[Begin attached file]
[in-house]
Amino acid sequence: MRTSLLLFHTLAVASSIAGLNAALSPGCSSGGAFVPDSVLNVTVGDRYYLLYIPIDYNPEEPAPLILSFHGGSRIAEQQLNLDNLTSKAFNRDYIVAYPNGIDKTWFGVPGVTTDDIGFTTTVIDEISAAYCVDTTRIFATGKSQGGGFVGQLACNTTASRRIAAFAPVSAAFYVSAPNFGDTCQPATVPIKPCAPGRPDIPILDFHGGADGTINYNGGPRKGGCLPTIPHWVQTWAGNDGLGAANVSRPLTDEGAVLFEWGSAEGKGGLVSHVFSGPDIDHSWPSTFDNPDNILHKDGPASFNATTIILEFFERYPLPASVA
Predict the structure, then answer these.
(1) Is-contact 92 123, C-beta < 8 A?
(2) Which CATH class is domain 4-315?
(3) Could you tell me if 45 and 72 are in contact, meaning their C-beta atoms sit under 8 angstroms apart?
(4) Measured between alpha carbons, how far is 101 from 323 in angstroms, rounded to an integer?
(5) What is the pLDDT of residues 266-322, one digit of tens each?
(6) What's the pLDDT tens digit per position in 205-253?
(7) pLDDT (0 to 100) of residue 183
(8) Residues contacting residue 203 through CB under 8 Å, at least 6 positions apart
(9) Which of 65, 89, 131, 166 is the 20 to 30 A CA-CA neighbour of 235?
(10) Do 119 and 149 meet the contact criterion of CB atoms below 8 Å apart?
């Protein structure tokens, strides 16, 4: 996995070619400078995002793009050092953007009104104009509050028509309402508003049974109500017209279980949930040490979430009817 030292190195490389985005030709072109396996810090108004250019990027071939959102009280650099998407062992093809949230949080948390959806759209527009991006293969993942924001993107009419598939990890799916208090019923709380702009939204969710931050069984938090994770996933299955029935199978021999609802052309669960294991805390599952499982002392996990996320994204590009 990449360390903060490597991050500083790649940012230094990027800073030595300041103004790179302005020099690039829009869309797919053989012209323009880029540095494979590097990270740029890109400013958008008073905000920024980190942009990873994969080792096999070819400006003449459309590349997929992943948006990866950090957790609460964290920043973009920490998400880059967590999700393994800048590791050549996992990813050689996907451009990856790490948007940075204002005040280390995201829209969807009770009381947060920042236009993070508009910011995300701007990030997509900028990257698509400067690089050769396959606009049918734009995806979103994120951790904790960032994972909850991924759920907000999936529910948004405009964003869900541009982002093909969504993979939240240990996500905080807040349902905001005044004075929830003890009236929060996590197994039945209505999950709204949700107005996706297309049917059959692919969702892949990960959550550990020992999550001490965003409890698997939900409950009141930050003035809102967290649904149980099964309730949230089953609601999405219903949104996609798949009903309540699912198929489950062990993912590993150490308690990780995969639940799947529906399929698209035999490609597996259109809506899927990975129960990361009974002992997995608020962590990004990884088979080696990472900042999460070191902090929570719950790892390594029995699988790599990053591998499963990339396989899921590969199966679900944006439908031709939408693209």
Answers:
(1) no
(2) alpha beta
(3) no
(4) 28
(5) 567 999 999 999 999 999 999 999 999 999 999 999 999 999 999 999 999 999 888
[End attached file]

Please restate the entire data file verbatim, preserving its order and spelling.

[in-house]
Amino acid sequence: MRTSLLLFHTLAVASSIAGLNAALSPGCSSGGAFVPDSVLNVTVGDRYYLLYIPIDYNPEEPAPLILSFHGGSRIAEQQLNLDNLTSKAFNRDYIVAYPNGIDKTWFGVPGVTTDDIGFTTTVIDEISAAYCVDTTRIFATGKSQGGGFVGQLACNTTASRRIAAFAPVSAAFYVSAPNFGDTCQPATVPIKPCAPGRPDIPILDFHGGADGTINYNGGPRKGGCLPTIPHWVQTWAGNDGLGAANVSRPLTDEGAVLFEWGSAEGKGGLVSHVFSGPDIDHSWPSTFDNPDNILHKDGPASFNATTIILEFFERYPLPASVA
Predict the structure, then answer these.
(1) Is-contact 92 123, C-beta < 8 A?
(2) Which CATH class is domain 4-315?
(3) Could you tell me if 45 and 72 are in contact, meaning their C-beta atoms sit under 8 angstroms apart?
(4) Measured between alpha carbons, how far is 101 from 323 in angstroms, rounded to an integer?
(5) What is the pLDDT of residues 266-322, one digit of tens each?
(6) What's the pLDDT tens digit per position in 205-253?
(7) pLDDT (0 to 100) of residue 183
(8) Residues contacting residue 203 through CB under 8 Å, at least 6 positions apart
(9) Which of 65, 89, 131, 166 is the 20 to 30 A CA-CA neighbour of 235?
(10) Do 119 and 149 meet the contact criterion of CB atoms below 8 Å apart?
């Protein structure tokens, strides 16, 4: 996995070619400078995002793009050092953007009104104009509050028509309402508003049974109500017209279980949930040490979430009817 030292190195490389985005030709072109396996810090108004250019990027071939959102009280650099998407062992093809949230949080948390959806759209527009991006293969993942924001993107009419598939990890799916208090019923709380702009939204969710931050069984938090994770996933299955029935199978021999609802052309669960294991805390599952499982002392996990996320994204590009 990449360390903060490597991050500083790649940012230094990027800073030595300041103004790179302005020099690039829009869309797919053989012209323009880029540095494979590097990270740029890109400013958008008073905000920024980190942009990873994969080792096999070819400006003449459309590349997929992943948006990866950090957790609460964290920043973009920490998400880059967590999700393994800048590791050549996992990813050689996907451009990856790490948007940075204002005040280390995201829209969807009770009381947060920042236009993070508009910011995300701007990030997509900028990257698509400067690089050769396959606009049918734009995806979103994120951790904790960032994972909850991924759920907000999936529910948004405009964003869900541009982002093909969504993979939240240990996500905080807040349902905001005044004075929830003890009236929060996590197994039945209505999950709204949700107005996706297309049917059959692919969702892949990960959550550990020992999550001490965003409890698997939900409950009141930050003035809102967290649904149980099964309730949230089953609601999405219903949104996609798949009903309540699912198929489950062990993912590993150490308690990780995969639940799947529906399929698209035999490609597996259109809506899927990975129960990361009974002992997995608020962590990004990884088979080696990472900042999460070191902090929570719950790892390594029995699988790599990053591998499963990339396989899921590969199966679900944006439908031709939408693209």
Answers:
(1) no
(2) alpha beta
(3) no
(4) 28
(5) 567 999 999 999 999 999 999 999 999 999 999 999 999 999 999 999 999 999 888